The move comes as government prepares to jointly publish an updated action plan on the response of the health care system and the public to COVID-19 together with the governments in the devolved nations. The document, expected to be published later this week, will outline the steps government will take to manage COVID-19 if it there is a sustained UK epidemic.

The plan will be based on the government’s existing contingency plans for responding to a pandemic flu outbreak, but has been adapted to take account of the differences between COVID-19 and pandemic influenza – ensuring government has been able to quickly develop an effective response while leaving further room to adapt the plan over time.

Prime Minister Boris Johnson said:

We must prepare for Coronavirus and listen to the advice of the Chief Medical Officer – especially about the importance of washing our hands with soap. We should be doing that for 20 seconds, and more often than we would normally think was necessary. This will make a real difference in stopping this virus spread.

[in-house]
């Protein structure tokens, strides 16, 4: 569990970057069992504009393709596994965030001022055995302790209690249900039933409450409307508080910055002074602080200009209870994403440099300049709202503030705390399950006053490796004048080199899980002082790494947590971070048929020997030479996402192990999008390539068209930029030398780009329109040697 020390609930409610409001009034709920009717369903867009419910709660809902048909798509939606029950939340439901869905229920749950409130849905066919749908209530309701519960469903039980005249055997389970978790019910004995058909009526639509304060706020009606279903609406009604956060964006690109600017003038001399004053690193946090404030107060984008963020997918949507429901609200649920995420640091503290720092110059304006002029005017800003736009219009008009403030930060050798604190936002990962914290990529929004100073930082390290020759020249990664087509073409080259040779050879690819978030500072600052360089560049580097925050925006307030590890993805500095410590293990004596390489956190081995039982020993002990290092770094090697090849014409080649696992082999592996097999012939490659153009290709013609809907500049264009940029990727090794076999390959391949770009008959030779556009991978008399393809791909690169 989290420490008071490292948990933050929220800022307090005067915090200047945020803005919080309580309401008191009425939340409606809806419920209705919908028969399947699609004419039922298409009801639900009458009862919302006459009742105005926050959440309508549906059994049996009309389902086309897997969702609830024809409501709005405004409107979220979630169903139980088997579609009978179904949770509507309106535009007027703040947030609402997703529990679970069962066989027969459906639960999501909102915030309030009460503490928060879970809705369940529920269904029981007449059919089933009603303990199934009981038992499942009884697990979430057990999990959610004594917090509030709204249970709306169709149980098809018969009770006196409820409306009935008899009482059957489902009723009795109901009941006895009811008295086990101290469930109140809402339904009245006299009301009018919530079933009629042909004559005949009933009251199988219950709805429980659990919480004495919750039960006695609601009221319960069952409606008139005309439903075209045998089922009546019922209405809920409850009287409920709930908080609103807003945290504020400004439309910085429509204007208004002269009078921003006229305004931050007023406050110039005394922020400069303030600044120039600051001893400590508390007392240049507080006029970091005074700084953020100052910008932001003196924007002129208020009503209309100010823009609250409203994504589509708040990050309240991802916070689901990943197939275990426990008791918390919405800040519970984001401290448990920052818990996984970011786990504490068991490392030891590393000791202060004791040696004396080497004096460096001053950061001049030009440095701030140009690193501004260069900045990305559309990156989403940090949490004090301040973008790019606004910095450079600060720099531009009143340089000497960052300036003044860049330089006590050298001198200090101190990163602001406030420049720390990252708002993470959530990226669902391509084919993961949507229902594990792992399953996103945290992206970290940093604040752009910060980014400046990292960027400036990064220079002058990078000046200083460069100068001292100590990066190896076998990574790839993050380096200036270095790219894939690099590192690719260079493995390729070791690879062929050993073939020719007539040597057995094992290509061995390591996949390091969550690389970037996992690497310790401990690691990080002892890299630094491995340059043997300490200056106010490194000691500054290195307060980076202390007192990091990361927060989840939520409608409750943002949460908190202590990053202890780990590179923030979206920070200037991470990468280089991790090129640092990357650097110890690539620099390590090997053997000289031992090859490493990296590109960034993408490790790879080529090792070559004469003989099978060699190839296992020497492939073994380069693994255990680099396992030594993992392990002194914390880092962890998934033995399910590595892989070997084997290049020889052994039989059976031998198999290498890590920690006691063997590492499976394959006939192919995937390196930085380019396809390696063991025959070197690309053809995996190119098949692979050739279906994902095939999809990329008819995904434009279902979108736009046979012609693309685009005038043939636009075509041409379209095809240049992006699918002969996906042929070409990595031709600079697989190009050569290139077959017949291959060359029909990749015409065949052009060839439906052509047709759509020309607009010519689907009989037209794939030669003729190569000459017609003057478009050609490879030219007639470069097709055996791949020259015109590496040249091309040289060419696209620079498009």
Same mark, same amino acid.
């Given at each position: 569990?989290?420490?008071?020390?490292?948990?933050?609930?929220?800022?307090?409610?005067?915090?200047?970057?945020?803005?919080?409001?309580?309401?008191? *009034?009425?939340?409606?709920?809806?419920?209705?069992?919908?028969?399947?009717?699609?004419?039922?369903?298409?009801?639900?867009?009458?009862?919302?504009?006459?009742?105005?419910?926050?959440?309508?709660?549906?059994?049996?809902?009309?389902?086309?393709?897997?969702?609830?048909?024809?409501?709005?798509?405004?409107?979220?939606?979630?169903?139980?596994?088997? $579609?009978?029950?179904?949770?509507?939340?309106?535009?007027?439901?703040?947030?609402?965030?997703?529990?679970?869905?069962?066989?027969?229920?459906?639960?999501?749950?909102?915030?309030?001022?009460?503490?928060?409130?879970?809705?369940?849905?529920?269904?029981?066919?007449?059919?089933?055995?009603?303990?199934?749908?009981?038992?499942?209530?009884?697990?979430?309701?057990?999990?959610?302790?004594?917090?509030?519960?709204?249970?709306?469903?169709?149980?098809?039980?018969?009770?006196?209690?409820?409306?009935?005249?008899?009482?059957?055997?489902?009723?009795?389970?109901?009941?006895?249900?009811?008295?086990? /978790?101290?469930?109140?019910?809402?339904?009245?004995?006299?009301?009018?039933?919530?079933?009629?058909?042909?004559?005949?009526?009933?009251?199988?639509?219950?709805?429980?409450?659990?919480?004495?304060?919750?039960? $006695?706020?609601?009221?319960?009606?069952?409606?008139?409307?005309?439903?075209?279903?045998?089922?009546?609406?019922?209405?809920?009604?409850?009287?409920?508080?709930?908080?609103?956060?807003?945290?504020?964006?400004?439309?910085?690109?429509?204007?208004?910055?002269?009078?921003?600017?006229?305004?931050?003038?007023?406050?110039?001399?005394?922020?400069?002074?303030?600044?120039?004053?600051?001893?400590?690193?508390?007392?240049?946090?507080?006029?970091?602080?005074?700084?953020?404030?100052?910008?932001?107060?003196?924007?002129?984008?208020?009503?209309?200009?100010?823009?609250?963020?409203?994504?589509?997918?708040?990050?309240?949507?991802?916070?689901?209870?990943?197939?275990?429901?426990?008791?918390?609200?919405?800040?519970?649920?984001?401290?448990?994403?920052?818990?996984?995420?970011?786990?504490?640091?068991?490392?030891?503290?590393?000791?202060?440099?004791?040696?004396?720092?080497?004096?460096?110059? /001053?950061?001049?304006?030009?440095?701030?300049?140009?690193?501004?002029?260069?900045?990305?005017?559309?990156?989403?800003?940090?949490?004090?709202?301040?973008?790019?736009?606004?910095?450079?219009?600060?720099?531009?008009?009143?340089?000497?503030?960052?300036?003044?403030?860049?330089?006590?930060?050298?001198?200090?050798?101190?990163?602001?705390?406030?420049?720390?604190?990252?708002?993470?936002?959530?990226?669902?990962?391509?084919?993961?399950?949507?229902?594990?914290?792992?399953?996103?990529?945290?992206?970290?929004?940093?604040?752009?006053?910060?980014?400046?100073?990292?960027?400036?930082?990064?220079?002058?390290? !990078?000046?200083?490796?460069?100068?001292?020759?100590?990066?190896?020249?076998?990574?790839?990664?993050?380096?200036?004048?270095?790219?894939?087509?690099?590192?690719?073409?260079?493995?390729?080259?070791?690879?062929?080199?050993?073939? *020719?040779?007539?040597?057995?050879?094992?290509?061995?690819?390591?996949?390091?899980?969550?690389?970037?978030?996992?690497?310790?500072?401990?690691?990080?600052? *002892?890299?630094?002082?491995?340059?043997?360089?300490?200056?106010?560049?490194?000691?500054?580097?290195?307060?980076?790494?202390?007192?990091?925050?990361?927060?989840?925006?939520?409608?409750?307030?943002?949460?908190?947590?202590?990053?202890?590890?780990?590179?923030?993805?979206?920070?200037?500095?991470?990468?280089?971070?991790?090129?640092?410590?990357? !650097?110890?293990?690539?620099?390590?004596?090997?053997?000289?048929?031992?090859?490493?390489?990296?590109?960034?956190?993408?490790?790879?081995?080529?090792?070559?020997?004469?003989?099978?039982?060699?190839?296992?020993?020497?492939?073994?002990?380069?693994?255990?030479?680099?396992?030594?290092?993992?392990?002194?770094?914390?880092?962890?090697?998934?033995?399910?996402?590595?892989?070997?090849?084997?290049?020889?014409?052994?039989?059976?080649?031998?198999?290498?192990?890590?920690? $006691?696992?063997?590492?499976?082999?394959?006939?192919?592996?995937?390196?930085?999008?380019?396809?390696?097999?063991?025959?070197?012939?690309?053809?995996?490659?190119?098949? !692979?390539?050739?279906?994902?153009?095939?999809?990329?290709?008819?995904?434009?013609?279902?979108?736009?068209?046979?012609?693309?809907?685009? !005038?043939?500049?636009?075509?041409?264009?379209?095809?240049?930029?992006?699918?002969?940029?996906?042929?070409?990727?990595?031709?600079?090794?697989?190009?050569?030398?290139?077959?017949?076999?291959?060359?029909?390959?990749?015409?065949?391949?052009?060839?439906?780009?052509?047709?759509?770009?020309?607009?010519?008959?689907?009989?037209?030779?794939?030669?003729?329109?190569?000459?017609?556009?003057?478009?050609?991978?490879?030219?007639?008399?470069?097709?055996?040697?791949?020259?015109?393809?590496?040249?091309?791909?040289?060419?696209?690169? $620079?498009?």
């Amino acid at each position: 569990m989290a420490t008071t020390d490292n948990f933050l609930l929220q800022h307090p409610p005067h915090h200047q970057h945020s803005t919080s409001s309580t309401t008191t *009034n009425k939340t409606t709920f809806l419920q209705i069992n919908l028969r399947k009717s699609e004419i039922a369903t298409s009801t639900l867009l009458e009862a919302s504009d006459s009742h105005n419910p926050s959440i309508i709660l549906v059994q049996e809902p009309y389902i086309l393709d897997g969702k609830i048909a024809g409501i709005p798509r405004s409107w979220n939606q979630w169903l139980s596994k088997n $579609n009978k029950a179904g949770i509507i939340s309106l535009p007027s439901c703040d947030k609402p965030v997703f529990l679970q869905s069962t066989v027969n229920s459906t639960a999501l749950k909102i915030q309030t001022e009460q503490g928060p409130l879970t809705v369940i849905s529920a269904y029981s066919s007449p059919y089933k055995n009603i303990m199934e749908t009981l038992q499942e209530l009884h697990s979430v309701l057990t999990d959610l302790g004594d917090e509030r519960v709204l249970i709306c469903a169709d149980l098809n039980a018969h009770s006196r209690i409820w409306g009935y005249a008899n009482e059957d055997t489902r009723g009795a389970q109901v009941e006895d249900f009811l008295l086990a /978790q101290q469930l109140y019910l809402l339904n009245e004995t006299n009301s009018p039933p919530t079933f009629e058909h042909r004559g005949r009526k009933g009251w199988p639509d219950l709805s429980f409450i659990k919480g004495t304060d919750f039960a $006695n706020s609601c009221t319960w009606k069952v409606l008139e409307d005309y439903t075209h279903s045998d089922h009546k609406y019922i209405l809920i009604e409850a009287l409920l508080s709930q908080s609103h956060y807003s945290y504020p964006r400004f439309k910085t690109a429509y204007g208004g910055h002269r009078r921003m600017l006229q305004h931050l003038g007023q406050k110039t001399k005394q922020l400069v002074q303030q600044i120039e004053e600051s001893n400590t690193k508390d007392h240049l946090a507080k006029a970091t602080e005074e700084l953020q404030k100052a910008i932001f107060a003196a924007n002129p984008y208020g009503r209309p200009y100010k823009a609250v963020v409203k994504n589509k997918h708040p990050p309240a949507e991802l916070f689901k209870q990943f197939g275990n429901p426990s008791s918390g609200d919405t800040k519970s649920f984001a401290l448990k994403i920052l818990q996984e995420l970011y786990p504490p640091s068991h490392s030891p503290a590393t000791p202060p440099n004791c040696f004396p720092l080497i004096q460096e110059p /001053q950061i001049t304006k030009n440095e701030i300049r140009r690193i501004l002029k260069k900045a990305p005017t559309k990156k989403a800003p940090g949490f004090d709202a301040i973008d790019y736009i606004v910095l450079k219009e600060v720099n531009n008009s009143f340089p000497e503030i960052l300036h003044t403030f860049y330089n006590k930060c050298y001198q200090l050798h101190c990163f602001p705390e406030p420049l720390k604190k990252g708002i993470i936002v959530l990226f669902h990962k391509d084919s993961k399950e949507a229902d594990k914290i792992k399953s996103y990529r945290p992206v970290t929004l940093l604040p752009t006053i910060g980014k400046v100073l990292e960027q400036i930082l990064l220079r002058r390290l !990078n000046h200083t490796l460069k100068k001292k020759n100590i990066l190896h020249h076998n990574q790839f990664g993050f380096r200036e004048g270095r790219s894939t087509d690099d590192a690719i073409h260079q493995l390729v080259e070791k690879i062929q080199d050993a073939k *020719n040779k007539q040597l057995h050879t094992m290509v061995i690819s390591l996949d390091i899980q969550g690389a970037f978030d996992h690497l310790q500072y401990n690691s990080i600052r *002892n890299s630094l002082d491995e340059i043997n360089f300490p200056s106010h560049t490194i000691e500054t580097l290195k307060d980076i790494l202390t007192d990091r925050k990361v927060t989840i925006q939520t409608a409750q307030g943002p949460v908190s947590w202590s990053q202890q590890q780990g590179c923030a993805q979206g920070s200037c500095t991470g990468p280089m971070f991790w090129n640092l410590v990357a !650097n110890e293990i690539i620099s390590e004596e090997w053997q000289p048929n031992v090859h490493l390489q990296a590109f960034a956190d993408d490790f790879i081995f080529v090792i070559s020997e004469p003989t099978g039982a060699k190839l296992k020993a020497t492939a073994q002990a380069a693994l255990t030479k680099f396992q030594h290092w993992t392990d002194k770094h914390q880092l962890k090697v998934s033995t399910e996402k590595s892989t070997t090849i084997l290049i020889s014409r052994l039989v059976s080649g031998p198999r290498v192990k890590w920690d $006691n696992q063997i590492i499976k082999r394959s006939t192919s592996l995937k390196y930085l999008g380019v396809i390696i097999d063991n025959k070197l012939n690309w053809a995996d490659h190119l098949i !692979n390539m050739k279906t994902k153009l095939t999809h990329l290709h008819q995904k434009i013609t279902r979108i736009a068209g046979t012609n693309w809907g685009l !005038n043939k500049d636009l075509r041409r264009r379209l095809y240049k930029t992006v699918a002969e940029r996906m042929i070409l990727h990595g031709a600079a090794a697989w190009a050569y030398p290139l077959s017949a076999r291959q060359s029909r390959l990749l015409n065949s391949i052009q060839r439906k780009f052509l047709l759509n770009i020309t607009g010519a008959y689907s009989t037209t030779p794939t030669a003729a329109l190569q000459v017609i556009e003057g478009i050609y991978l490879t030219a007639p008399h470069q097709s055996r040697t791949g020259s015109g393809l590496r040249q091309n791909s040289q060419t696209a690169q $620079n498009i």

Coronavirus may very well be a challenge in the weeks and months ahead. But I have no doubt that with the help of the NHS and its incomparable staff this country will get through it – and beat it.

Health Secretary Matt Hancock said:

The UK is a world leader in preparing for and managing disease outbreaks and I have every confidence in our nation’s ability to respond to the threat of COVID-19.

Public safety is our top priority. Our battle plan will ensure that as this escalates, every part of government is working together to share the responsibility of tackling the health, economic, and social impacts of COVID-19.